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Francophones
Heritage Trails
 
ConferdationFrom 1840 until 1867, Ontario (Canada West) and Quebec (Canada East) were joined together as one colony under the union of the Canadas. Although Francophones in the colony outnumbered the English speakers, the colonial office in London gave equal representation to both groups in the Legislative Assembly and made English the official language of all parliamentary documents. As a result, the imbalanced power structure led to the eventual political deadlock of the Assembly. Although the concept had been discussed for some time, the continued deadlock and feared American aggression allowed for a movement toward federation of Britain's North American colonies. In 1867 the Canadas joined with New Brunswick and Nova Scotia in Confederation.
Portrait of Bishop Vital Grandin
In 1869 when the Dominion purchased and began settling the northwest, Francophones, including the Métis, were second only to the First Nations in terms of population in the region. Given this scenario it was highly plausible that the West could have become a Francophone stronghold in Canada.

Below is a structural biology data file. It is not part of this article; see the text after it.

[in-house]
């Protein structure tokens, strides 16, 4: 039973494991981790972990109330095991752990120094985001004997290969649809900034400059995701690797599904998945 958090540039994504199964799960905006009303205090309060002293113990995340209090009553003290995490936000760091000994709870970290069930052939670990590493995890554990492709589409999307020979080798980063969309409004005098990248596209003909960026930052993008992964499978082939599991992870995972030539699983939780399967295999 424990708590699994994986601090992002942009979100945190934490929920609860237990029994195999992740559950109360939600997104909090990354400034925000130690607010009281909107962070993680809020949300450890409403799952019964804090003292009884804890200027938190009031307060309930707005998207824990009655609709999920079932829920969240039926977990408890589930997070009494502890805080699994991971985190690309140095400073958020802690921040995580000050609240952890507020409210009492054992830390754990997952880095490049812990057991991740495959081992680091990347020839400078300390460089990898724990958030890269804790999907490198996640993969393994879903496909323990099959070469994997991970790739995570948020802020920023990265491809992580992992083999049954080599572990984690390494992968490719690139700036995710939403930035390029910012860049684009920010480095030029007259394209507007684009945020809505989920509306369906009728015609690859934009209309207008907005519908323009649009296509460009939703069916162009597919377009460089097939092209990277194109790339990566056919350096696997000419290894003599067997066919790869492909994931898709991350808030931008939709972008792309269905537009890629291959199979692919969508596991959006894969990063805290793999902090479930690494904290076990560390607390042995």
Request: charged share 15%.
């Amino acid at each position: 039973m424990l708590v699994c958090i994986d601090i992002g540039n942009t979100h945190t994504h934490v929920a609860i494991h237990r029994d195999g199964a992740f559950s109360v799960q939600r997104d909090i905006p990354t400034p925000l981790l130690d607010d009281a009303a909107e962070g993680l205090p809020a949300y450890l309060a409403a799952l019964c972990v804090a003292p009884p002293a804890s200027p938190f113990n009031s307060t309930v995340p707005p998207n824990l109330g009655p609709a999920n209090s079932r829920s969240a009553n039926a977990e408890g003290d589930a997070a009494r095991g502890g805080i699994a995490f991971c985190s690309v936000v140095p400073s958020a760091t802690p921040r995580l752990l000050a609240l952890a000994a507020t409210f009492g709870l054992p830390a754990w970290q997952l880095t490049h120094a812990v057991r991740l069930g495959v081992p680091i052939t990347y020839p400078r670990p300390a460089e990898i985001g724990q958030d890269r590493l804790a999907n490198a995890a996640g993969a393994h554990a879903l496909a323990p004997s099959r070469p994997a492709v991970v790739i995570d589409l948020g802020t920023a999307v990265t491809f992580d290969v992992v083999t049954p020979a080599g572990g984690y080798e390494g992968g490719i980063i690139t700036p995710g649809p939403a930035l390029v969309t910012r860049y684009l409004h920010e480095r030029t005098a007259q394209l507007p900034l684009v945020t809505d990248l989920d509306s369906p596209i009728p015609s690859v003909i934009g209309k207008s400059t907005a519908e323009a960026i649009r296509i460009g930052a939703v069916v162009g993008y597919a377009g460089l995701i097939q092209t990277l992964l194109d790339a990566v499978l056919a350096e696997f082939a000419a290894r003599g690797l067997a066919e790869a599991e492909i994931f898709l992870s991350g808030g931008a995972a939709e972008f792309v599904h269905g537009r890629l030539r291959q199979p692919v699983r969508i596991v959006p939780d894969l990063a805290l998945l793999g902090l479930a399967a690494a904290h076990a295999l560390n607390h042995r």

Verreau brothers,pioneers of Bon AccordHowever, by the 1880s Francophones in the West were already greatly outnumbered by English-speakers. Rather than emigrate to the far-off Canadian West where the land had not yet been broken and there were few amenities and no obvious industry, most departing Francophones went to New England where work was readily available and they were close to home. In Alberta, in addition to recruiting a small number of immigrants from Quebec, the French Roman Catholic clergy was successful in recruiting several thousand Francophones from the United States, Belgium and France. However, the massive influx of Anglophone settlers, combined with events such as the failure of the Riel Rebellion and the elimination of official French language rights in the Northwest Territories, paved the way for a predominantly English-speaking Alberta.

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